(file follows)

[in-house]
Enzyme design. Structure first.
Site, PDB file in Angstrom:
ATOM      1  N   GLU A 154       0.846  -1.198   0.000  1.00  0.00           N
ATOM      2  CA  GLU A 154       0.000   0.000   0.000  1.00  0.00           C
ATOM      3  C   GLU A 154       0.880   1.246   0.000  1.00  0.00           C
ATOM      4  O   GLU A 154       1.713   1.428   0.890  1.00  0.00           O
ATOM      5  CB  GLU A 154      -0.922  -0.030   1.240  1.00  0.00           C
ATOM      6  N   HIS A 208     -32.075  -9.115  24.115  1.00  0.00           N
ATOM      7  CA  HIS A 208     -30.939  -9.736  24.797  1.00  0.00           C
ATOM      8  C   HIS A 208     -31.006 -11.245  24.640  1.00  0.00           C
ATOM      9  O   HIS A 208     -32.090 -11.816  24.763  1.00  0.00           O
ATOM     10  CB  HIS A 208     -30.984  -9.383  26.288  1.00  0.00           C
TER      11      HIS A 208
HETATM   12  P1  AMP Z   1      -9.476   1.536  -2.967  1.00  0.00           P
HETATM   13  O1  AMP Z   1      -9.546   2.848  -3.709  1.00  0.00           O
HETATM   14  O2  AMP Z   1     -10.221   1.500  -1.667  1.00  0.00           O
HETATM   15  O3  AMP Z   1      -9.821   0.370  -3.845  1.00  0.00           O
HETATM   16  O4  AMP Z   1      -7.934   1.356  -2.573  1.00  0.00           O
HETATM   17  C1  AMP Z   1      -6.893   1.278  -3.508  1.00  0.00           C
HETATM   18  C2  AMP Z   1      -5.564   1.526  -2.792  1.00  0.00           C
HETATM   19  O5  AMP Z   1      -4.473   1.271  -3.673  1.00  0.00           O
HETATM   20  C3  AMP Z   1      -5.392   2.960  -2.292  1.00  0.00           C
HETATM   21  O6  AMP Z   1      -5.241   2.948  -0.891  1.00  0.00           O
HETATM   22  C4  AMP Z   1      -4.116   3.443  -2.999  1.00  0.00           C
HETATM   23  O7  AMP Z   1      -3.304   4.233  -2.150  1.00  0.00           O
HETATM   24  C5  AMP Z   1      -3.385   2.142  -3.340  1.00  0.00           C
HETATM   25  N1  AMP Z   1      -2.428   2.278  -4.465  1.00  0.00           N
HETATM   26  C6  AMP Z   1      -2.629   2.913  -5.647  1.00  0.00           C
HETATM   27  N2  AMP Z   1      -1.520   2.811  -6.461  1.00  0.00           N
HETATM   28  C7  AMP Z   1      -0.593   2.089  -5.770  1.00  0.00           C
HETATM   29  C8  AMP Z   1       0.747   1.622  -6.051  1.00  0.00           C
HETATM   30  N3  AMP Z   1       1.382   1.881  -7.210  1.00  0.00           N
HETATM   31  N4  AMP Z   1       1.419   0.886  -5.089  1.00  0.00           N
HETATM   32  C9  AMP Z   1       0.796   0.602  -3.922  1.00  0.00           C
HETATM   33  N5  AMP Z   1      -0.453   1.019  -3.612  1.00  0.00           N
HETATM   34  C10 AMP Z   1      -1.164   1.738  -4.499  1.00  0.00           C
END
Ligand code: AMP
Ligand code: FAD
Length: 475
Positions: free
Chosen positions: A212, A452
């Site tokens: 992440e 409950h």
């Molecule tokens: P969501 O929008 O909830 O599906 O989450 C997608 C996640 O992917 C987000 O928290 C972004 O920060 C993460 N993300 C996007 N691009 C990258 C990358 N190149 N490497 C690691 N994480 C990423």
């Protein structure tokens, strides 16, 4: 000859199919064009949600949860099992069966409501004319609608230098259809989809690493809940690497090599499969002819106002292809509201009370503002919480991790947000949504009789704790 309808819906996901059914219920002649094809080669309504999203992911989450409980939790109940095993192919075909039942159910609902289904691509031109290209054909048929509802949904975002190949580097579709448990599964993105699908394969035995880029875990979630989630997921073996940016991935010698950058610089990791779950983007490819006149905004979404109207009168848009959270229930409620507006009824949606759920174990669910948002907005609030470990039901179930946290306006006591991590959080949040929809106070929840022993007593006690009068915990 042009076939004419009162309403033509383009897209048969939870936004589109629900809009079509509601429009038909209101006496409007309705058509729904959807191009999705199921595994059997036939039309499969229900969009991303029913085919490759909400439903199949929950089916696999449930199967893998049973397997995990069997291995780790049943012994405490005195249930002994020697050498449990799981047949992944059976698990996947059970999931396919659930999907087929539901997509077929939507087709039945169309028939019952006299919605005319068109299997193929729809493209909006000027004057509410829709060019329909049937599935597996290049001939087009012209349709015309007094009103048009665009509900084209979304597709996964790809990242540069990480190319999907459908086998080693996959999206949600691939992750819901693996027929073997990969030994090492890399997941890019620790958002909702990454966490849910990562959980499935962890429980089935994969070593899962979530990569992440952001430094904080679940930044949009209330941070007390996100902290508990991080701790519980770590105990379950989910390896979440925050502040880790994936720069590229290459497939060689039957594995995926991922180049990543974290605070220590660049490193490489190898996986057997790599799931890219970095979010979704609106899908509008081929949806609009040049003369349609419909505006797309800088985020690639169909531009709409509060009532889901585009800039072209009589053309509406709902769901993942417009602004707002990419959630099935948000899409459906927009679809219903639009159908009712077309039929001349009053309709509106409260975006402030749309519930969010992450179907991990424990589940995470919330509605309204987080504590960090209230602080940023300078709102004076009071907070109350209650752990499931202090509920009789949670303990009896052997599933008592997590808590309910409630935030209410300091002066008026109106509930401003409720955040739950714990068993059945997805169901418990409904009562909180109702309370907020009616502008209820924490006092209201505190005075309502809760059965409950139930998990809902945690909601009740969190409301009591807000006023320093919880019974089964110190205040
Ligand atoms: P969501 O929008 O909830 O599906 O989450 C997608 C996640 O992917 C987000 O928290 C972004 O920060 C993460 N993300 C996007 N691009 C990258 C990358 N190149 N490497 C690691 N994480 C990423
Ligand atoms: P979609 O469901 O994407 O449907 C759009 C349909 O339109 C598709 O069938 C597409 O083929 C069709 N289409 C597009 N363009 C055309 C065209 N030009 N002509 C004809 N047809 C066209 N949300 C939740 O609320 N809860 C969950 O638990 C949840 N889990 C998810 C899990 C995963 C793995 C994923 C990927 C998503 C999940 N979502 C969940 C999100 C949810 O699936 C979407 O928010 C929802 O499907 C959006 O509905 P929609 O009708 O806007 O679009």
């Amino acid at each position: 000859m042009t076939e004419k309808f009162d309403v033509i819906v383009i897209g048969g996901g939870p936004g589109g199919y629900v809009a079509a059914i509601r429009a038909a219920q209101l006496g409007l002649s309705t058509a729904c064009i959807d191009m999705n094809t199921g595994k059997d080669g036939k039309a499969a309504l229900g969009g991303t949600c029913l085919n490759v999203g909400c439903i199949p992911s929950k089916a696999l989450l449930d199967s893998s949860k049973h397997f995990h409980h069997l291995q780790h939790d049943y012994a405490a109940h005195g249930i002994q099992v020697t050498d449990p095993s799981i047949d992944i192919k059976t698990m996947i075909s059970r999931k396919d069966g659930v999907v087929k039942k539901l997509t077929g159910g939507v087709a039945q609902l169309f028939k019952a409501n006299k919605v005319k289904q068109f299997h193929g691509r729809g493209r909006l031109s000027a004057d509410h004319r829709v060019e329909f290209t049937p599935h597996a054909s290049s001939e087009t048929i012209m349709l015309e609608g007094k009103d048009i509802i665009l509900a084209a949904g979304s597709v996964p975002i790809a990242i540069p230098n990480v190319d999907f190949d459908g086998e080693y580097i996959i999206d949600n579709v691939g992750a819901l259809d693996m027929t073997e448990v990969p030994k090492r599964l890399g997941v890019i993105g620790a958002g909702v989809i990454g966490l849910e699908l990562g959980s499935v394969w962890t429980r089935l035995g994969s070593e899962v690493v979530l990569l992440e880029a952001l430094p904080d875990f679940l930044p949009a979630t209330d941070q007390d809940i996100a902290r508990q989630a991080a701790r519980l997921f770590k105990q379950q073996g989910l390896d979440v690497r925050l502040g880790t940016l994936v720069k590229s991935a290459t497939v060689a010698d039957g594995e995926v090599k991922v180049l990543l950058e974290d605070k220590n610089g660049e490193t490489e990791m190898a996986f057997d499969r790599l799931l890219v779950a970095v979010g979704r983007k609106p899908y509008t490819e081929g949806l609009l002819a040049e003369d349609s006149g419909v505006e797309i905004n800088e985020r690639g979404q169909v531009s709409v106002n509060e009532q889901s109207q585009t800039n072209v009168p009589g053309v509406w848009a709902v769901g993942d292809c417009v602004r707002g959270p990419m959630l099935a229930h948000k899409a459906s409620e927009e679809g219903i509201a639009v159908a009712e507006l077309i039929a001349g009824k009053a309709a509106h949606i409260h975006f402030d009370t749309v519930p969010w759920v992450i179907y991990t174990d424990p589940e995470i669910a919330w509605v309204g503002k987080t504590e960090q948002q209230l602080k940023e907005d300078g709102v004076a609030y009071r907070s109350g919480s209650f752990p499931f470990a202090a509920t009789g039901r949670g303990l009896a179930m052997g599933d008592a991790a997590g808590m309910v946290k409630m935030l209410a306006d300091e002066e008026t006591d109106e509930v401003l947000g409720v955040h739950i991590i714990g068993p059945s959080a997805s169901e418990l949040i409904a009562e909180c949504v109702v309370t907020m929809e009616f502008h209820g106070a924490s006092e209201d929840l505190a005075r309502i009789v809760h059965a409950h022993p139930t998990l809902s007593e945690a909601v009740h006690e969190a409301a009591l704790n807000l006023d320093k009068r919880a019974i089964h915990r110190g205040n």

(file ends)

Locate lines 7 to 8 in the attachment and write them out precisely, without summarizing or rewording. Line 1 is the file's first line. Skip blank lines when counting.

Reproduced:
ATOM      4  O   GLU A 154       1.713   1.428   0.890  1.00  0.00           O
ATOM      5  CB  GLU A 154      -0.922  -0.030   1.240  1.00  0.00           C